Colitis in Horses

What is Colitis in Horses?

Last Updated on March 8, 2022 by Allison Price

Imagine this: Your young nephew runs into the aisleway while you work in the barn during summer. You send him back to the barn, but not before he trips on something sharp. He doesn’t seem to have any injuries and you can’t see any cuts or punctures in his foot so you and he both forget it.

His foot is still throbbing and inflamed two days later. It is so painful that he can’t even walk on it and must be carried to the car to get to the doctor. At first, the doctor thinks he stepped on some rusty nails. But closer inspection shows that there is a small splinter from his barn adventure. The doctor removes the splinter and cleans and stitches the wound. She then sends her patient home, with a clear warning that he should not be barefoot in the barn.

Although wearing shoes to the barn is not a problem, the story of the barefoot nephew is a metaphor for a far more serious equine problem, colitis.

Colitis in Horses

Colitis is a term that refers to inflammation of the mucosa (lining) of the large intestinal tract. Colic and diarrhea are common symptoms of this inflammation in horses. However, it is important to remember that the term “colitis” only refers to a few symptoms. These symptoms can be caused by many agents, both infective and non-infectious. It is important to determine the source of colitis before you can formulate a treatment plan.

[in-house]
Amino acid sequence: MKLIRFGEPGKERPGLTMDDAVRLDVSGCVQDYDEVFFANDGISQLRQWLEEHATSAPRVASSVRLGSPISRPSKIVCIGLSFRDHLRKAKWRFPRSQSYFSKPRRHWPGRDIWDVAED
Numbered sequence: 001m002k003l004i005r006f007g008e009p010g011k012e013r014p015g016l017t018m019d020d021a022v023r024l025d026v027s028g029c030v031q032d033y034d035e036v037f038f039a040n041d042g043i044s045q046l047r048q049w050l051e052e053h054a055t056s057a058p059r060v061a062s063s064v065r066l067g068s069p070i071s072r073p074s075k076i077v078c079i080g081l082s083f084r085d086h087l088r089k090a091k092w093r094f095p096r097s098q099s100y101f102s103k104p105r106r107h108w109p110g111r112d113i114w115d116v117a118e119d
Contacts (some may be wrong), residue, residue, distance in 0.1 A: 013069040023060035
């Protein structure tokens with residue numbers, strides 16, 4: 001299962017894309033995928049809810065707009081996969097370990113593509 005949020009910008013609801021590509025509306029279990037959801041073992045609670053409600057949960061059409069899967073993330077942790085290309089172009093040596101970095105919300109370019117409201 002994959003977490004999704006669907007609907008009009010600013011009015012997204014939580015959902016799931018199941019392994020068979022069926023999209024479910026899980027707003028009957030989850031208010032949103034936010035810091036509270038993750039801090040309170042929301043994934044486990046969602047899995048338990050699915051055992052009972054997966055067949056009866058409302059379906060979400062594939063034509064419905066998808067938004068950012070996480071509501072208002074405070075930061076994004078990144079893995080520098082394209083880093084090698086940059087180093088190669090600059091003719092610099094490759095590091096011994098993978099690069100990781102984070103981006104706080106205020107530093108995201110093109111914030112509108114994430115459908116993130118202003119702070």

The colitis is found in the foot, while the splinter is under-lying diseases. The doctor had to determine the cause, which was a splinter and not a rusty nails, in order to begin treatment. However, the treatment for both diseases is the same: Take care of the wound and avoid the barn if you are barefoot.

Horses with colitis: How to define it

Colitis is most common among horses aged between 2-10 years. It can affect any part of your large intestine including the colon, cecum or large colon. It can either be a chronic condition (chronic) or a temporary affliction (“acute”) and can be caused or many things.

Possible causes of colitis in horses can be identified as follows:

Infectious:

  • Bacteria: Salmonella, Clostridium difficile, Clostridium perfringens, Lawsonia intracellularis, Neorickettsia risticii (Potomac Horse Fever)
  • Viruses: coronavirus, rotavirus for foals
  • Parasite: tiny strongyles

Noninfectious:

  • Antibiotic-associated diarrhea
  • Large bowel irritation due to sand
  • Unbalanced diet
  • Neoplasia (cancer).
  • Inflammatory bowel disease
  • Toxicities in plants and drugs
  • NSAID toxicosis Right Dorsal Colitis

Colitis can also be caused by other causes: